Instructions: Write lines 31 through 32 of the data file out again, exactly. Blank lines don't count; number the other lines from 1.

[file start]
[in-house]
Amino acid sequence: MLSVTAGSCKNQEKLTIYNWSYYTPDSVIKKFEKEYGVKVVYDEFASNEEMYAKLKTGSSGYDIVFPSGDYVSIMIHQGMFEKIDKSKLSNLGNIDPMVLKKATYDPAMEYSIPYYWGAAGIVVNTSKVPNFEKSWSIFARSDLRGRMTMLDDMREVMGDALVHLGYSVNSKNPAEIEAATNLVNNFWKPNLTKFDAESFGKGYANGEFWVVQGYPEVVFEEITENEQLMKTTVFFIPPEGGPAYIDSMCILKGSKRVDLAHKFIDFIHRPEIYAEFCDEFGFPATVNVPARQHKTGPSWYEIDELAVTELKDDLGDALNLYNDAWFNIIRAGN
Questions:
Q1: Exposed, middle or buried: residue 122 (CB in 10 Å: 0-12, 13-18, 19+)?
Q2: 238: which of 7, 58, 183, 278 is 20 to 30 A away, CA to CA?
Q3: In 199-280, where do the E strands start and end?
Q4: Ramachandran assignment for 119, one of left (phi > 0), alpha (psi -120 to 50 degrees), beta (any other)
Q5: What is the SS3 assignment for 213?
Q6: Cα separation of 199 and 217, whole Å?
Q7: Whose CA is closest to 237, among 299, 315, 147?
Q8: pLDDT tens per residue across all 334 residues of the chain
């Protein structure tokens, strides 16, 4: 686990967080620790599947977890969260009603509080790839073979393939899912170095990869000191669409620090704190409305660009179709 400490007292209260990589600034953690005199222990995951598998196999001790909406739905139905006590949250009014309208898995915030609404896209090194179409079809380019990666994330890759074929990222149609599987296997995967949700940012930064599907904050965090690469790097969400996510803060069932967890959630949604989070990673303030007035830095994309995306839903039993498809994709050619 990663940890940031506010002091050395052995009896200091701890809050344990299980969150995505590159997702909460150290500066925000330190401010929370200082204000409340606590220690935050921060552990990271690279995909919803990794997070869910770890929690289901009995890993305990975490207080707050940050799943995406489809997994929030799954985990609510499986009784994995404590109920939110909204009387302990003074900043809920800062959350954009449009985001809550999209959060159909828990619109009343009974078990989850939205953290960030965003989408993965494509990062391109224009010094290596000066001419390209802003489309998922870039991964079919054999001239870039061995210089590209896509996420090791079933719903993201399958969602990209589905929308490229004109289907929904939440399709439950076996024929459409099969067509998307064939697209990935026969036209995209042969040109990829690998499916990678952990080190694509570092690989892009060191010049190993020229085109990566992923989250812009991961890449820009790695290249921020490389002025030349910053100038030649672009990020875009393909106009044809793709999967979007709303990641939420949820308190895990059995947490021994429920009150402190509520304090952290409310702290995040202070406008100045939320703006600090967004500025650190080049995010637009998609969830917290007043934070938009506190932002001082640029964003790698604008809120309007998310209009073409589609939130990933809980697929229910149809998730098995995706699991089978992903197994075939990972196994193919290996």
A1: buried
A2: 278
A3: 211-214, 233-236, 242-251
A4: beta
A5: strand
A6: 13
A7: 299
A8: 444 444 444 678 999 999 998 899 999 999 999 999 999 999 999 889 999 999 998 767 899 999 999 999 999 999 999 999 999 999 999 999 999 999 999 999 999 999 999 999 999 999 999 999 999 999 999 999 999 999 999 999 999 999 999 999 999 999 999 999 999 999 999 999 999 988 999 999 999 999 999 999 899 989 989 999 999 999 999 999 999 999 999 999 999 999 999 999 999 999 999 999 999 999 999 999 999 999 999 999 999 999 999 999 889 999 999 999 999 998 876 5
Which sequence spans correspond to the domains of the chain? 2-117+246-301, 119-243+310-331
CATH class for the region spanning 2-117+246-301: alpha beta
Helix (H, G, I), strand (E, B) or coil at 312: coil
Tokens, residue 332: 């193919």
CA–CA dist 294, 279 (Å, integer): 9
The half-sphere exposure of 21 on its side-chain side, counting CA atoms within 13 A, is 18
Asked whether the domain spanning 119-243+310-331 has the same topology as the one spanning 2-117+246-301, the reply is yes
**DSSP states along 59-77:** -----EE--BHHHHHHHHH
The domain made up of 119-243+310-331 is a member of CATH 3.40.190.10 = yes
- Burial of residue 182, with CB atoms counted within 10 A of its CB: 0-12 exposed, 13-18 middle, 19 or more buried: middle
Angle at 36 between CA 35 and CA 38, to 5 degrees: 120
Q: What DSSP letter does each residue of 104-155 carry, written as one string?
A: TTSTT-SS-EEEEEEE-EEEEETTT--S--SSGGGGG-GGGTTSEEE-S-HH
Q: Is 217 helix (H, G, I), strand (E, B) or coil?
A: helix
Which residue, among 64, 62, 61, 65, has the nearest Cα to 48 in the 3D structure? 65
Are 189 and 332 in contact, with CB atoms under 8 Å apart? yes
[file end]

Angle at 36 between CA 35 and CA 38, to 5 degrees: 120
Q: What DSSP letter does each residue of 104-155 carry, written as one string?